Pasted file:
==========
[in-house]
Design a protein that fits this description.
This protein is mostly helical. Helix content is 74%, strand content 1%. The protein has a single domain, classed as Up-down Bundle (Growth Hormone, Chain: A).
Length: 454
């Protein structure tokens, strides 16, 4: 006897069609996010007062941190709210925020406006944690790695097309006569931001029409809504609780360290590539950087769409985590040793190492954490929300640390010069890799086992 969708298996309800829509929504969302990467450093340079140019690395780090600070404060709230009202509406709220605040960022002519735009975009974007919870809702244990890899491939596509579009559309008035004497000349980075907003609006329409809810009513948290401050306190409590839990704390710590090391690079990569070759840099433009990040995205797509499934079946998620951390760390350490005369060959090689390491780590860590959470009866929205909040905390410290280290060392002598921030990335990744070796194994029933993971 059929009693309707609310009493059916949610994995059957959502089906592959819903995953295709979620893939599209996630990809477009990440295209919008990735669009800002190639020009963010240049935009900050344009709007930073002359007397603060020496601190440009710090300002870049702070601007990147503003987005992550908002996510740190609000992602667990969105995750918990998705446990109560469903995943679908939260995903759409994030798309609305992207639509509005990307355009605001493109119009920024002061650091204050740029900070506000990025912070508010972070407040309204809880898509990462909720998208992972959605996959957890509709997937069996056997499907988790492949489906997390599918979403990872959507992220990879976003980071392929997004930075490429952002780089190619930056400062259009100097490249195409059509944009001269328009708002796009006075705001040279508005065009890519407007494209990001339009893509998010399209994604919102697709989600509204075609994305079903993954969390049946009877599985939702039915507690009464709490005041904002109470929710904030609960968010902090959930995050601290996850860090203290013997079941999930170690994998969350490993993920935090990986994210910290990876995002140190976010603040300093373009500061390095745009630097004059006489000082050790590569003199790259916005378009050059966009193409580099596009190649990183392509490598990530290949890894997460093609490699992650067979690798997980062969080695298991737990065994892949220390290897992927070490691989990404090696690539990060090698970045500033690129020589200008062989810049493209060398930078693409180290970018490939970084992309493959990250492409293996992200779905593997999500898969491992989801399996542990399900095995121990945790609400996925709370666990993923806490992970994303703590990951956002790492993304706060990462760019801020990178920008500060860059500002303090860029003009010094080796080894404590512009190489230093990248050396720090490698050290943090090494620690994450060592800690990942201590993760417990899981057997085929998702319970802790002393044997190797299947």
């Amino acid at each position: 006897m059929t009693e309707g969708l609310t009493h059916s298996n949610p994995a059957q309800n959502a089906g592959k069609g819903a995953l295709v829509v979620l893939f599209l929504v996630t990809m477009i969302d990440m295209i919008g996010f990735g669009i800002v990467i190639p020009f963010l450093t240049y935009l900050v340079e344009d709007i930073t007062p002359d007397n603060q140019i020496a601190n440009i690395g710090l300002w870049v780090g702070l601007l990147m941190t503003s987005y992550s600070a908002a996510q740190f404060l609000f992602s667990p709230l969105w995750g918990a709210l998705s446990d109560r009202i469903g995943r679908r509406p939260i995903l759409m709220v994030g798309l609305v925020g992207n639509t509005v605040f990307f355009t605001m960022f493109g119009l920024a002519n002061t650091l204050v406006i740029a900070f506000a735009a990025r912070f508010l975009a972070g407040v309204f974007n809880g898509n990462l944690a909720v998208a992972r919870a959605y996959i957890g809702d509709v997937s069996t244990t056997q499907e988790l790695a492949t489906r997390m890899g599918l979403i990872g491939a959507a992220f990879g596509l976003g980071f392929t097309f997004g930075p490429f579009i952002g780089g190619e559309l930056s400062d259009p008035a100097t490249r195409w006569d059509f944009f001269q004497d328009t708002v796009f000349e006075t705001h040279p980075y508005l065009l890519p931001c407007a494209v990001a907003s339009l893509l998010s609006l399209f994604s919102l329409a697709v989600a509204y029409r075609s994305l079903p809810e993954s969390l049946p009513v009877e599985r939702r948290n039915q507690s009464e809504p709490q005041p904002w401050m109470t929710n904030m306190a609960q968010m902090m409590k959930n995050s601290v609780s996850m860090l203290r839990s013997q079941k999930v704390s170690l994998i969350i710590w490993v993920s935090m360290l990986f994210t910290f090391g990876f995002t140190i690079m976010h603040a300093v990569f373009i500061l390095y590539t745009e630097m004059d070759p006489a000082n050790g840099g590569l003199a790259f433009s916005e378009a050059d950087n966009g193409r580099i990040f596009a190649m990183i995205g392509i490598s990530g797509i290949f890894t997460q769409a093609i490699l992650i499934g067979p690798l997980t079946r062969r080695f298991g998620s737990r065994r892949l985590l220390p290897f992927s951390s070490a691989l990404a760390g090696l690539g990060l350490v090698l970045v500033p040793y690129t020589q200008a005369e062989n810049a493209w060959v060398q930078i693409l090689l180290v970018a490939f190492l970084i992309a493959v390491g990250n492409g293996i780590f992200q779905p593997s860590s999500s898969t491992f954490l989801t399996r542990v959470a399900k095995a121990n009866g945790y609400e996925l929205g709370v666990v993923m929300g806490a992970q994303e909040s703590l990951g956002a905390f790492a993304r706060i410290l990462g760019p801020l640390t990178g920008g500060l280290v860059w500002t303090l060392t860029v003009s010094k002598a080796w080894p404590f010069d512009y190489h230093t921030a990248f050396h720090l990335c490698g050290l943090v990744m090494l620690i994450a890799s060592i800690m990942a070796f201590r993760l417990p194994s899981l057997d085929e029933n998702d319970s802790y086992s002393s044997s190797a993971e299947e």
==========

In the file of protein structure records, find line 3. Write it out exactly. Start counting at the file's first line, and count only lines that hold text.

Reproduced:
This protein is mostly helical. Helix content is 74%, strand content 1%. The protein has a single domain, classed as Up-down Bundle (Growth Hormone, Chain: A).